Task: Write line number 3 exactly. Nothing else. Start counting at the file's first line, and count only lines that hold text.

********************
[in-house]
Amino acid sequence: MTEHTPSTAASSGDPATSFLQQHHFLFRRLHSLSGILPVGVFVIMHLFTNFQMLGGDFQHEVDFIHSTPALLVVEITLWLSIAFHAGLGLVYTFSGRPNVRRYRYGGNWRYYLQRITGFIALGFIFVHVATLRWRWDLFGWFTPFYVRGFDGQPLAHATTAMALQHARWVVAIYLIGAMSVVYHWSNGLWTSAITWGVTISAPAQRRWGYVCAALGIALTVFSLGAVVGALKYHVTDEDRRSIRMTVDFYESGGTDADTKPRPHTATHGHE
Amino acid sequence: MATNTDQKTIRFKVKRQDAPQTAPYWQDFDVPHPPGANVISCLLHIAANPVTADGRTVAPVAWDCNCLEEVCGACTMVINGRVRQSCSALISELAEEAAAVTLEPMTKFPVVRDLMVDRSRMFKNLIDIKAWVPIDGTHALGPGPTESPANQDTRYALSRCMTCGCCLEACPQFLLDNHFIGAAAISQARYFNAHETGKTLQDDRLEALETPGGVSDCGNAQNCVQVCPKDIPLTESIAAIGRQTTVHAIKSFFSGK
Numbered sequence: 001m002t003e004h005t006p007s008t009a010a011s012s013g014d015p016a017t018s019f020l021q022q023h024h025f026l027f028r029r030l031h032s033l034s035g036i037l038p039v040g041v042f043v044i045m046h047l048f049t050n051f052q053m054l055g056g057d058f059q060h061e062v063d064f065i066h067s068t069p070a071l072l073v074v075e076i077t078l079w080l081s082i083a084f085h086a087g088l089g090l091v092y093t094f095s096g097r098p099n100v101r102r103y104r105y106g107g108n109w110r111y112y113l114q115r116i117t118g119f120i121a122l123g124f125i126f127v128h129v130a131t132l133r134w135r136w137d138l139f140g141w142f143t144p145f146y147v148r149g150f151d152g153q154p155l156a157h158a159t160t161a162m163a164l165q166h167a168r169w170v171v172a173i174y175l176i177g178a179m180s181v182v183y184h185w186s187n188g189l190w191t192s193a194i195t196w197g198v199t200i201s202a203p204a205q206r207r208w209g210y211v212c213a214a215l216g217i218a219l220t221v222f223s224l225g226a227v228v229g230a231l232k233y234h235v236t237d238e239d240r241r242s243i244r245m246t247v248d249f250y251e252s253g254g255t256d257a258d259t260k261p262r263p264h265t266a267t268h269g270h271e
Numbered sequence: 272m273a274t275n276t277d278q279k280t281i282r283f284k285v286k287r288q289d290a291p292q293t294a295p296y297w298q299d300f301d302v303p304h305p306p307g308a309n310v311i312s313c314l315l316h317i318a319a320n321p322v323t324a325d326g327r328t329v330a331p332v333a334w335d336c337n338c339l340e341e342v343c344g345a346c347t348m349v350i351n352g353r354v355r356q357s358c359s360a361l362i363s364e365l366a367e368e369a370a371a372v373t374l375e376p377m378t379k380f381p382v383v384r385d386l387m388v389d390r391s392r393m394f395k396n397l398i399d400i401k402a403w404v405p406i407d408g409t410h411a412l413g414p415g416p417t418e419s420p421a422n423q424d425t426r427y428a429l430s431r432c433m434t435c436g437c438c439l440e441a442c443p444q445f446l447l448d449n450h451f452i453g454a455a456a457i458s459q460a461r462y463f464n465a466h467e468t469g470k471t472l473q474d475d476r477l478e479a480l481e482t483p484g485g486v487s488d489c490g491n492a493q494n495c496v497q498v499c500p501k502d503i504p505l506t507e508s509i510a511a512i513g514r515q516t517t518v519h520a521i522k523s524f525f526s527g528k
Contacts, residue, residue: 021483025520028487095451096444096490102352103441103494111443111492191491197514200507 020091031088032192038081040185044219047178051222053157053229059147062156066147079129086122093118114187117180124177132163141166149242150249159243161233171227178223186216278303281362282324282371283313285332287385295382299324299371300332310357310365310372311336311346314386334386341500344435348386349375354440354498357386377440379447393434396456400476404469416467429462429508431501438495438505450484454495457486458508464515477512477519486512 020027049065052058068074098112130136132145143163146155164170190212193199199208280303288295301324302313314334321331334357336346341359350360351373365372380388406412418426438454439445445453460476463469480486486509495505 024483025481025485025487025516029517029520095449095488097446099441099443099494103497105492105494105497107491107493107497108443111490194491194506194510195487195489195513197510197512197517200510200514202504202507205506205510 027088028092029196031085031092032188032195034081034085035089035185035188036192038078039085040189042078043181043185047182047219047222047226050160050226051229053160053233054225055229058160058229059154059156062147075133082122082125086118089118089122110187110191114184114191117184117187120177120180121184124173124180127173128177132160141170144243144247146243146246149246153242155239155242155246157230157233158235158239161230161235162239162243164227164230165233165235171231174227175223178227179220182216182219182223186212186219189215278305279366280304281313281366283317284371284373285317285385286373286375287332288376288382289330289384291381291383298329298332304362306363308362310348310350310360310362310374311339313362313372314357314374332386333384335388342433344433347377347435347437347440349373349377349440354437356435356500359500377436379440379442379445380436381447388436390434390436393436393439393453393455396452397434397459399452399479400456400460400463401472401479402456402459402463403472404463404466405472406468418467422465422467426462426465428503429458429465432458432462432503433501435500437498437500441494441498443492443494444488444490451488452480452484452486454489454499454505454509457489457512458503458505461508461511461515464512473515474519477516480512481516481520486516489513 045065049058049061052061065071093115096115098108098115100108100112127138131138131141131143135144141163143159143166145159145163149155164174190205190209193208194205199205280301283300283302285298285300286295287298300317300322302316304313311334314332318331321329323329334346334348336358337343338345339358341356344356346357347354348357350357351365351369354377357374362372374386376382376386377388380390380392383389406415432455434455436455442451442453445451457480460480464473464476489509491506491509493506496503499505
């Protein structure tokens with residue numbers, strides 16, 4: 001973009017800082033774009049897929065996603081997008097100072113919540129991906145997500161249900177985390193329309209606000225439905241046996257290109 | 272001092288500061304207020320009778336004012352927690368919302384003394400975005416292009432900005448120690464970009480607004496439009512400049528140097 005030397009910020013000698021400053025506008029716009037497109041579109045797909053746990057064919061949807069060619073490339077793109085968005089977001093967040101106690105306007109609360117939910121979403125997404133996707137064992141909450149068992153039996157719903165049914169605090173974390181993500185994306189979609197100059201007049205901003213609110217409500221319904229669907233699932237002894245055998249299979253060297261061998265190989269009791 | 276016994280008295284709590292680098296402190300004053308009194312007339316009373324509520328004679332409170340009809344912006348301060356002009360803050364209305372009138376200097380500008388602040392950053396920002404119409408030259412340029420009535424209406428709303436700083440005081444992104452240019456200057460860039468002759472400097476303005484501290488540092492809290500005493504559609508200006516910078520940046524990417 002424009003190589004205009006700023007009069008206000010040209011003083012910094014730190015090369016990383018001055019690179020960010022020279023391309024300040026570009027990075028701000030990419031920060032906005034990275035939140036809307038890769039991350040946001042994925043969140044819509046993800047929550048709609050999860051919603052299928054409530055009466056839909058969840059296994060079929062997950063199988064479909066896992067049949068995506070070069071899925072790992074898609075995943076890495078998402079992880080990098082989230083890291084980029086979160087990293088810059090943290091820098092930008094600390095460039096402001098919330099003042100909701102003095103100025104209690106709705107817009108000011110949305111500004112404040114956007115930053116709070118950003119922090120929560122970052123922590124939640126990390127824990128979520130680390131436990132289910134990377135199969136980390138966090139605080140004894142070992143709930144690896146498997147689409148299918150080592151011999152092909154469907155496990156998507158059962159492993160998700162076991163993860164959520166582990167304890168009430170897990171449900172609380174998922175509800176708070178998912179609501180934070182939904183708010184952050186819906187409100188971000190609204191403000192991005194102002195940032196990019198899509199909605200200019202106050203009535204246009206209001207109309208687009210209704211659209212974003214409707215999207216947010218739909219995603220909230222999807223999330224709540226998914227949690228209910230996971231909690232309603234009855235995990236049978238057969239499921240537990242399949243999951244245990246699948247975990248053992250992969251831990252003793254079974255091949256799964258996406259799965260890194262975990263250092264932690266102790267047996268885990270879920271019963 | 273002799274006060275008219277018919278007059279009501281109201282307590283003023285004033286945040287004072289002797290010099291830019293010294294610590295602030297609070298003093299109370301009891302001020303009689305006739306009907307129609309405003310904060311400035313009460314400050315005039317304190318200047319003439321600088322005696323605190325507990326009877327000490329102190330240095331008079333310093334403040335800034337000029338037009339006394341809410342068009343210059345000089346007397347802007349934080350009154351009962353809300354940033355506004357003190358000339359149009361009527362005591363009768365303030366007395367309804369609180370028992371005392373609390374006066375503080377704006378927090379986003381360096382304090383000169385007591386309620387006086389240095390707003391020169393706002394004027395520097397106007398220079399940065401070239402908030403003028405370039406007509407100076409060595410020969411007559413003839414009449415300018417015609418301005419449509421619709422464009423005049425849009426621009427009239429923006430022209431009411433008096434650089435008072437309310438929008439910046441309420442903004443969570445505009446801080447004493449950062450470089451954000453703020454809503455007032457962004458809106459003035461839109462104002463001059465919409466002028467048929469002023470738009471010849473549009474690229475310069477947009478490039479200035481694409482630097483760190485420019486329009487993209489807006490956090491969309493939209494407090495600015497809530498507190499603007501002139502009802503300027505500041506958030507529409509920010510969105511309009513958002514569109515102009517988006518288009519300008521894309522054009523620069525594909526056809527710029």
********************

Amino acid sequence: MATNTDQKTIRFKVKRQDAPQTAPYWQDFDVPHPPGANVISCLLHIAANPVTADGRTVAPVAWDCNCLEEVCGACTMVINGRVRQSCSALISELAEEAAAVTLEPMTKFPVVRDLMVDRSRMFKNLIDIKAWVPIDGTHALGPGPTESPANQDTRYALSRCMTCGCCLEACPQFLLDNHFIGAAAISQARYFNAHETGKTLQDDRLEALETPGGVSDCGNAQNCVQVCPKDIPLTESIAAIGRQTTVHAIKSFFSGK